Bhutan Gold 1 Sertum Jigme Dorji Wangchuck Coins are therefore a beautiful, tangible piece of history from this little land of 850 square miles that contains a 2008 year population of approximately 700,000. These incredibly rare gold coins from Bhutan were struck intentionally by the reform-minded modernizing king. Only 3,111 of them were minted in proof or brilliant uncirculated form, making them among the rarest of gold bullion pieces on the planet. They were struck by the Royal Monetary Authority in Bhutan and contain .2353 ounces of actual gold.
The obverse is the actual name of the front side of coins. The obverse of Bhutan Gold 1 Sertum Jigme Dorji Wangchuck Coins contains a right facing bust with the words “BHUTAN SERTUM” in the top and the date 1970 on the bottom. The designer and engraver of both sides of the coin is J.H. Waser, as noted on the obverse of the coin.
The back of coins is known in the coin collecting and investing universe as the “reverse.” Bhutan Gold 1 Sertum Jigme Dorji Wangchuck Coins have a reverse that contains a historic Bhutan seal and Bhutanese legends surrounding it.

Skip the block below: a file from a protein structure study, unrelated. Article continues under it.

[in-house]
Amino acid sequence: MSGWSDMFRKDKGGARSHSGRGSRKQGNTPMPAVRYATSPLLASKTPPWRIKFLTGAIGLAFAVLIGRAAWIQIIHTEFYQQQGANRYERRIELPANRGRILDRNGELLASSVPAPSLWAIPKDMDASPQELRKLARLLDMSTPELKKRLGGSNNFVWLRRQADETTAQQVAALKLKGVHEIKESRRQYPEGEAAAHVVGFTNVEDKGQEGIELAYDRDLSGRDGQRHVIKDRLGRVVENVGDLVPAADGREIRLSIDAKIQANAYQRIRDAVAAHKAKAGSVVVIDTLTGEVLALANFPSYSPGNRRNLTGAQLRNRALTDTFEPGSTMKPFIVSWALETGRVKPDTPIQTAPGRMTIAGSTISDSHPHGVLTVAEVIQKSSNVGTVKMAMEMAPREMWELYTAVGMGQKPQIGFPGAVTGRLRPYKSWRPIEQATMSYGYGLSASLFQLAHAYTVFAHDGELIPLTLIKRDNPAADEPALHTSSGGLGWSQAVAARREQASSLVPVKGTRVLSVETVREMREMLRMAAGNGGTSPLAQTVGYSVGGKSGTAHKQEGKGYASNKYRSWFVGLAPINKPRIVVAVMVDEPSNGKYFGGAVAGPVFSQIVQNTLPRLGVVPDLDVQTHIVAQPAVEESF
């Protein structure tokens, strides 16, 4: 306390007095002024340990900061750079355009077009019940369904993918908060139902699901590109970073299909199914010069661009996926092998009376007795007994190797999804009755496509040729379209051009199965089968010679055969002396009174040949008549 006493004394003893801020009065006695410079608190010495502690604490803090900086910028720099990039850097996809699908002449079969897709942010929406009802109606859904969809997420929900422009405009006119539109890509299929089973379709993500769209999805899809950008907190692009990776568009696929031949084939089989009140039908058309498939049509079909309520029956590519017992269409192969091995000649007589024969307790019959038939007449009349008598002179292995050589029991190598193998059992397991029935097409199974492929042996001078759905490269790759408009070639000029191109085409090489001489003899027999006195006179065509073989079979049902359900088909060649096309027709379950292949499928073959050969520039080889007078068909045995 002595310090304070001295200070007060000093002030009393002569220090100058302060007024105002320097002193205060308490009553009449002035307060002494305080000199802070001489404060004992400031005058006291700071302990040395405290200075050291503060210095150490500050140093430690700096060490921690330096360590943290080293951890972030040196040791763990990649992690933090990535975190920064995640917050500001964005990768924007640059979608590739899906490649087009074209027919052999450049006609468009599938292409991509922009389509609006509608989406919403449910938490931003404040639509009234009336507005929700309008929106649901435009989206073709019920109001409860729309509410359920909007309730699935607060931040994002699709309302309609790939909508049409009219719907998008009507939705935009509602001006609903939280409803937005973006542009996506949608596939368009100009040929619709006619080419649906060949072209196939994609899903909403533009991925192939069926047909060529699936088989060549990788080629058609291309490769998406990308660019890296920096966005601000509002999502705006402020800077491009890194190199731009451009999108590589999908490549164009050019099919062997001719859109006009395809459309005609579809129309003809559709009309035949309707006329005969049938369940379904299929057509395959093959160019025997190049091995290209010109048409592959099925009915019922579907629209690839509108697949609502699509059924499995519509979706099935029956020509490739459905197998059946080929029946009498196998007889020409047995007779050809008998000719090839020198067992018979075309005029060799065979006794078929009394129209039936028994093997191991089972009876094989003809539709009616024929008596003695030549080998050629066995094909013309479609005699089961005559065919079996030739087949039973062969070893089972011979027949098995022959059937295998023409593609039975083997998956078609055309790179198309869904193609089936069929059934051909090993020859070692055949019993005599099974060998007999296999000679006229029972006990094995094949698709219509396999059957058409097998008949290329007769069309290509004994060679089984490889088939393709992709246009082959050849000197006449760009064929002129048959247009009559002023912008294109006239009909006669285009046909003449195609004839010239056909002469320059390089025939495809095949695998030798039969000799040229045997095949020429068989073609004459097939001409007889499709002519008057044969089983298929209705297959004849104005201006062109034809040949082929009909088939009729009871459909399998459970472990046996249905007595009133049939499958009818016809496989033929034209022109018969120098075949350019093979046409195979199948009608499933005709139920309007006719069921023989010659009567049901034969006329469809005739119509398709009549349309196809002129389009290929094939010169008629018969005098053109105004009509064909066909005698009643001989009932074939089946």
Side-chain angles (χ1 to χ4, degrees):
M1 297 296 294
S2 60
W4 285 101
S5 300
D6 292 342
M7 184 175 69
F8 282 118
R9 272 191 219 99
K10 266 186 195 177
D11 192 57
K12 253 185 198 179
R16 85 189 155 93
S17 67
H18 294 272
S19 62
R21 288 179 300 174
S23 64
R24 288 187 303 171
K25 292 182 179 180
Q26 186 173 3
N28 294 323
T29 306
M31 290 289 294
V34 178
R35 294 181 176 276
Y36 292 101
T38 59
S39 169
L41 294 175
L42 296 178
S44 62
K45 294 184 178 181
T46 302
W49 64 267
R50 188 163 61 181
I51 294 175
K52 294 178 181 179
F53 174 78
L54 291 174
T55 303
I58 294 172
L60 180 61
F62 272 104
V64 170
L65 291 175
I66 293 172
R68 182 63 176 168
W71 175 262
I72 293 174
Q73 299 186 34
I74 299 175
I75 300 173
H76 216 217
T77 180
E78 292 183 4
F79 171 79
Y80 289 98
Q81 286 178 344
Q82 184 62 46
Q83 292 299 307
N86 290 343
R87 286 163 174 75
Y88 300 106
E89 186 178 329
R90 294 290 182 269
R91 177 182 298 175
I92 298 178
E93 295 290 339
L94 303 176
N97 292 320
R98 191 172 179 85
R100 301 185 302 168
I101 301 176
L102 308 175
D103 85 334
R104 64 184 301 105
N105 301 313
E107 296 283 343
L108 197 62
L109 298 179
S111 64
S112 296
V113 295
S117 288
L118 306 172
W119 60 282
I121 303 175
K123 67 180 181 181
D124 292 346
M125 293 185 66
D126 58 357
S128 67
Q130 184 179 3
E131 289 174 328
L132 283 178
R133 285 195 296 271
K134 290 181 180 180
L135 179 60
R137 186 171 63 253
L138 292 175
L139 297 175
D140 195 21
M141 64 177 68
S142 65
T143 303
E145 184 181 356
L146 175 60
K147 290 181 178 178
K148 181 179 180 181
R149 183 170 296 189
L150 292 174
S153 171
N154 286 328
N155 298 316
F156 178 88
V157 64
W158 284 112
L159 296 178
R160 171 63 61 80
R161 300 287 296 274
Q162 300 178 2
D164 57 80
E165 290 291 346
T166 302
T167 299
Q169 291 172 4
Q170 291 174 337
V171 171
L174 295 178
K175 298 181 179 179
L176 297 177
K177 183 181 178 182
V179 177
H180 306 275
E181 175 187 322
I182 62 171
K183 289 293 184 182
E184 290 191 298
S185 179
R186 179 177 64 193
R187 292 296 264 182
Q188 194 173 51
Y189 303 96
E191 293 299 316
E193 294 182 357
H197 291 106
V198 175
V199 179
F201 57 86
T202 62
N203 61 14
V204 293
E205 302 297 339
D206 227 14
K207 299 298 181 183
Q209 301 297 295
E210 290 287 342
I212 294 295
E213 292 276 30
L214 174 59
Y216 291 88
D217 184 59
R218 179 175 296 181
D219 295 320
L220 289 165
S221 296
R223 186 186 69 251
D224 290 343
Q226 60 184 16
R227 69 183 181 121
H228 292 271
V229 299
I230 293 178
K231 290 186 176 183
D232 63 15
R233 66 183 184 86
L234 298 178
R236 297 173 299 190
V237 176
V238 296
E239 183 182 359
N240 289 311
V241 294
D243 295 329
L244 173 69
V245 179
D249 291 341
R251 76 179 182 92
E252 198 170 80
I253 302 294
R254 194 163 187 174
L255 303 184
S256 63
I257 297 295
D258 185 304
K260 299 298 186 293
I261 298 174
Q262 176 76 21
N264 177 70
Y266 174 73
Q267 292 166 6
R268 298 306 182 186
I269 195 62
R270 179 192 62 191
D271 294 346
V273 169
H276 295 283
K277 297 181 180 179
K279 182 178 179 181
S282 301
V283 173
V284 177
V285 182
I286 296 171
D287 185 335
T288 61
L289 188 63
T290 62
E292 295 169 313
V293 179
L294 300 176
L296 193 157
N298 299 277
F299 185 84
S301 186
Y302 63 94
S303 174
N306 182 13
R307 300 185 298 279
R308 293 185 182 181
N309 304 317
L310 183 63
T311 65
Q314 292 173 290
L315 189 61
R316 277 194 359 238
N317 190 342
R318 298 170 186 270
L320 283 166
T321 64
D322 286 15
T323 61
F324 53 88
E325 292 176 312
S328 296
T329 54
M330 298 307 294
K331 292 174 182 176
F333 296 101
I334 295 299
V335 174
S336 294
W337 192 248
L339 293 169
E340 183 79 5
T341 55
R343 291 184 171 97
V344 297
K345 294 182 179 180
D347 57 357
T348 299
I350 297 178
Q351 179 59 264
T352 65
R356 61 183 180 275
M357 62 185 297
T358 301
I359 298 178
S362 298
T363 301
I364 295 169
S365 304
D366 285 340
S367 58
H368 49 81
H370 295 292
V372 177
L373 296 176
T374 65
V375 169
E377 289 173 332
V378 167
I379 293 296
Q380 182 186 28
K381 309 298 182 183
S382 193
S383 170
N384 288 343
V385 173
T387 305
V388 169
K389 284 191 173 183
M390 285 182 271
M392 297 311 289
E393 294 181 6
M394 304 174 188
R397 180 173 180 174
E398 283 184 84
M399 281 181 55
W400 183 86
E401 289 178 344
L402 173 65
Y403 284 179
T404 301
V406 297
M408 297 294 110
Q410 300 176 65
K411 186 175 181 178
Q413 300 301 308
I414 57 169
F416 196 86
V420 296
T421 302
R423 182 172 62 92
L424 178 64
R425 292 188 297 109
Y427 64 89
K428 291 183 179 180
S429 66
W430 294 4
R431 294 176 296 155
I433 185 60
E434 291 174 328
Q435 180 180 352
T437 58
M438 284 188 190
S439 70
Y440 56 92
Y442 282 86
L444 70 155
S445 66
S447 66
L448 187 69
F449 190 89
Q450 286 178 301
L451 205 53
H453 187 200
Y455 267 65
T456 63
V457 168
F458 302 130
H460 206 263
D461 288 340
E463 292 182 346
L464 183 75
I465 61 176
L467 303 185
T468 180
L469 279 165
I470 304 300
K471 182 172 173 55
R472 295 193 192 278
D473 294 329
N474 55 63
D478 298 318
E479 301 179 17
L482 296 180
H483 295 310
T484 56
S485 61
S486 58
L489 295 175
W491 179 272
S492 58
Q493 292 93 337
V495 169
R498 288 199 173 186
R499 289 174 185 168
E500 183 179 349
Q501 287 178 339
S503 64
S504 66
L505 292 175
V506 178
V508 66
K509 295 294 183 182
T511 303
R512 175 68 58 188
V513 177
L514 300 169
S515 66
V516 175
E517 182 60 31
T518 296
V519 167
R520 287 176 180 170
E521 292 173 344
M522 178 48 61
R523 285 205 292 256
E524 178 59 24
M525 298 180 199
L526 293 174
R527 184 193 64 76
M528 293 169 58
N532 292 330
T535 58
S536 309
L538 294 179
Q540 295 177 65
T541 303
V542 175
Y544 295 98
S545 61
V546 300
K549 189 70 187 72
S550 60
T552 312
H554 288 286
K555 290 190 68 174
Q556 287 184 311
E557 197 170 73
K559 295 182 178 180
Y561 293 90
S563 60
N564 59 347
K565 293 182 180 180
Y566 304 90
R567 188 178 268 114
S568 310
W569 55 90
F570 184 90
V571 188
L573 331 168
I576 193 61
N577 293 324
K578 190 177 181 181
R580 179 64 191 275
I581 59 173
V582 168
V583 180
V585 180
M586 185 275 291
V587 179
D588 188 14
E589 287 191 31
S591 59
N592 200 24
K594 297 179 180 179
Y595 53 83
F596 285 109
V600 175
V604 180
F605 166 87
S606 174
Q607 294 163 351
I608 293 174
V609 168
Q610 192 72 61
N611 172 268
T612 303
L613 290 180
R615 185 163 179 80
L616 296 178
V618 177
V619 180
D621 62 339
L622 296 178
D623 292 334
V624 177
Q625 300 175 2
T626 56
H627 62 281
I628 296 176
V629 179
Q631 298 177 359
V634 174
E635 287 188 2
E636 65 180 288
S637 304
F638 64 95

Bhutan Gold 1 Sertum Jigme Dorji Wangchuck Coins were struck in only the one Sertum denomination and size. Their specifications are as follows:
Bhutan Gold 1 Sertum Jigme Dorji Wangchuck Coins come with a legal tender face value of one Sertum. They can be spent within the little Kingdom of Bhutan on everyday items. No one does this in reality because the intrinsic value of the gold these coins contain is worth in excess of $250. This value is derived heavily off of the world spot gold price. The coins do possess a great deal of collecting premium over the world gold prices because of their incredibly limited mintage of just over 3,000 pieces.
Such coins are therefore practically the true definition of unique, yet as bullion issues they still derive the majority of their market value from the world gold prices. Market value is all that matters to a portfolio of investment or collected precious metals coins. The true market value results from the gyrating world spot gold prices which go up and down six days per week. You can quickly figure out the current price of the yellow metal at any point and time when it is trading by simply clicking on our homepage.